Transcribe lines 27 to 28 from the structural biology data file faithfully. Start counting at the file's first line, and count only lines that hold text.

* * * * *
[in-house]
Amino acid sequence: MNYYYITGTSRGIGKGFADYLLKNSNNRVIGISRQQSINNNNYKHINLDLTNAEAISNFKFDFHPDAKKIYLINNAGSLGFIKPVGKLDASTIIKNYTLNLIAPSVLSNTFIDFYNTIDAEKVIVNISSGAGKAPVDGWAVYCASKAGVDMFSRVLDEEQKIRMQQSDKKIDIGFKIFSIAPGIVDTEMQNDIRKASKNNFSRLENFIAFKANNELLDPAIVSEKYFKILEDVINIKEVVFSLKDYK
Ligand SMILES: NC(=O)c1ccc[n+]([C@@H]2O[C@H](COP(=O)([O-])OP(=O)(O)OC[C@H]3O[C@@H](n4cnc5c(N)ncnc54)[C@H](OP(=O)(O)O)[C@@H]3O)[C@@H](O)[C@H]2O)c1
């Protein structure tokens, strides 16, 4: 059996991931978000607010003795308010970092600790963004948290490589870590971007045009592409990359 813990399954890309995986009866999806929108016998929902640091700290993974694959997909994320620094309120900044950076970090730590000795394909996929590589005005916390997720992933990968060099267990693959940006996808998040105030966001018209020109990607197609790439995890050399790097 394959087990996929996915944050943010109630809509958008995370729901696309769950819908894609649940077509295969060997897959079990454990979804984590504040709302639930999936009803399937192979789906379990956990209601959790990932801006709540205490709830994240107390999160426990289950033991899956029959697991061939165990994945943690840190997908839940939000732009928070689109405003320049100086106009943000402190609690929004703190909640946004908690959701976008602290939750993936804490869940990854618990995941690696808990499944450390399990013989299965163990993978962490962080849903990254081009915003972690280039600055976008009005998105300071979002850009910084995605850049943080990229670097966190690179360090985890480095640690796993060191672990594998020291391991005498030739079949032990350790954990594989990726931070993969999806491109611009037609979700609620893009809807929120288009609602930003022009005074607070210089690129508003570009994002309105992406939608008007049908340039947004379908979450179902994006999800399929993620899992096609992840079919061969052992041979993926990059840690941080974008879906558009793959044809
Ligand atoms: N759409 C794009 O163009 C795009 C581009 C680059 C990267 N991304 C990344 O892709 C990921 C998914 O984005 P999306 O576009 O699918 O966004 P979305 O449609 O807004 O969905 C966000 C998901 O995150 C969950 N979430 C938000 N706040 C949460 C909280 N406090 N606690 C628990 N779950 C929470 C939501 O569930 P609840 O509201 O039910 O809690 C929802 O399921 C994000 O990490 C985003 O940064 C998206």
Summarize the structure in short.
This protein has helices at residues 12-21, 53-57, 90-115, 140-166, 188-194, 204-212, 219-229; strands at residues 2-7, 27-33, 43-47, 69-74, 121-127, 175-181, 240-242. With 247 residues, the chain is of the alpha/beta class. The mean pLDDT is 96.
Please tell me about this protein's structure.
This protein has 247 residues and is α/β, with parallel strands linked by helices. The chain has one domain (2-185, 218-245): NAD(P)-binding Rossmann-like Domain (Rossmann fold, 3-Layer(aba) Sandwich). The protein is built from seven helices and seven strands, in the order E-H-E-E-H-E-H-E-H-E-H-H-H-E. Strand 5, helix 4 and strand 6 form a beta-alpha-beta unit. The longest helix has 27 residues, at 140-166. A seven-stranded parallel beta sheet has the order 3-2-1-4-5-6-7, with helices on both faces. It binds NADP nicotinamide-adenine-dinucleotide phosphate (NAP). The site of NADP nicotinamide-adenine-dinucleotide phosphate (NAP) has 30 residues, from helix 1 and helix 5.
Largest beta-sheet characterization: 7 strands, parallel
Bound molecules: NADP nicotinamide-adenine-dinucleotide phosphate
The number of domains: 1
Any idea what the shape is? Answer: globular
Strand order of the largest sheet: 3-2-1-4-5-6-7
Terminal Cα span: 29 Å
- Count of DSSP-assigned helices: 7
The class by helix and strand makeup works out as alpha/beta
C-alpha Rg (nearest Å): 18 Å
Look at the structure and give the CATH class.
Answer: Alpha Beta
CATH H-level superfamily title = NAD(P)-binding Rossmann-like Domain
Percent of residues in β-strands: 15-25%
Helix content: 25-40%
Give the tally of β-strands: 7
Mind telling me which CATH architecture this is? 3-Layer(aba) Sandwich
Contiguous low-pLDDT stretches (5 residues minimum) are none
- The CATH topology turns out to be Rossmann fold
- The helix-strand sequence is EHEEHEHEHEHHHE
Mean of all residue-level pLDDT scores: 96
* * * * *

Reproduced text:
- The CATH topology turns out to be Rossmann fold
- The helix-strand sequence is EHEEHEHEHEHHHE